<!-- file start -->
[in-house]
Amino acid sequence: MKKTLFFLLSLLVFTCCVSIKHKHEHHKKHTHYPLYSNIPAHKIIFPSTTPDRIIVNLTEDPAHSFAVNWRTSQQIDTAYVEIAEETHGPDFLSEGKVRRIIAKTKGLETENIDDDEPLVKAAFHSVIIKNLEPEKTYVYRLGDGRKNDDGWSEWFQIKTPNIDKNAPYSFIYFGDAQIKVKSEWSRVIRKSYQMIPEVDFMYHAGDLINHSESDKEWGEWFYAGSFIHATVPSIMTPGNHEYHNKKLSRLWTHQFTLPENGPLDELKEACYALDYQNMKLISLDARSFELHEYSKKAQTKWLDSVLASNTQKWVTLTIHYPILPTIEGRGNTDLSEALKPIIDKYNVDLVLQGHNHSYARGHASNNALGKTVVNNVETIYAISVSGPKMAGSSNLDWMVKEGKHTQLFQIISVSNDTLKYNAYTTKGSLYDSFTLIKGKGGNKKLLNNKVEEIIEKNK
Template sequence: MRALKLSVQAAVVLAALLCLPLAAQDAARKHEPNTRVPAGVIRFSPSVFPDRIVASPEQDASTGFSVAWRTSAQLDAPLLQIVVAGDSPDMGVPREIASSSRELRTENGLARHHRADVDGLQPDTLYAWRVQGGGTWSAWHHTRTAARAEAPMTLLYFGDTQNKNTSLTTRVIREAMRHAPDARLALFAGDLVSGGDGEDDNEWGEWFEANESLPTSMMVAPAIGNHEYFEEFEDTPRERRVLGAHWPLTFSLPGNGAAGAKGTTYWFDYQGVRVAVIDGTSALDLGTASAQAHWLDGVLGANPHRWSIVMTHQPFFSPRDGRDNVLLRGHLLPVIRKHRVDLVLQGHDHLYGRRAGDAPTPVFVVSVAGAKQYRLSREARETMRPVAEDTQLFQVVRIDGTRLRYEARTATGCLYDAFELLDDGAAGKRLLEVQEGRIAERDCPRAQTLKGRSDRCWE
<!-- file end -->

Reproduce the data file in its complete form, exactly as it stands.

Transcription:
[in-house]
Amino acid sequence: MKKTLFFLLSLLVFTCCVSIKHKHEHHKKHTHYPLYSNIPAHKIIFPSTTPDRIIVNLTEDPAHSFAVNWRTSQQIDTAYVEIAEETHGPDFLSEGKVRRIIAKTKGLETENIDDDEPLVKAAFHSVIIKNLEPEKTYVYRLGDGRKNDDGWSEWFQIKTPNIDKNAPYSFIYFGDAQIKVKSEWSRVIRKSYQMIPEVDFMYHAGDLINHSESDKEWGEWFYAGSFIHATVPSIMTPGNHEYHNKKLSRLWTHQFTLPENGPLDELKEACYALDYQNMKLISLDARSFELHEYSKKAQTKWLDSVLASNTQKWVTLTIHYPILPTIEGRGNTDLSEALKPIIDKYNVDLVLQGHNHSYARGHASNNALGKTVVNNVETIYAISVSGPKMAGSSNLDWMVKEGKHTQLFQIISVSNDTLKYNAYTTKGSLYDSFTLIKGKGGNKKLLNNKVEEIIEKNK
Template sequence: MRALKLSVQAAVVLAALLCLPLAAQDAARKHEPNTRVPAGVIRFSPSVFPDRIVASPEQDASTGFSVAWRTSAQLDAPLLQIVVAGDSPDMGVPREIASSSRELRTENGLARHHRADVDGLQPDTLYAWRVQGGGTWSAWHHTRTAARAEAPMTLLYFGDTQNKNTSLTTRVIREAMRHAPDARLALFAGDLVSGGDGEDDNEWGEWFEANESLPTSMMVAPAIGNHEYFEEFEDTPRERRVLGAHWPLTFSLPGNGAAGAKGTTYWFDYQGVRVAVIDGTSALDLGTASAQAHWLDGVLGANPHRWSIVMTHQPFFSPRDGRDNVLLRGHLLPVIRKHRVDLVLQGHDHLYGRRAGDAPTPVFVVSVAGAKQYRLSREARETMRPVAEDTQLFQVVRIDGTRLRYEARTATGCLYDAFELLDDGAAGKRLLEVQEGRIAERDCPRAQTLKGRSDRCWE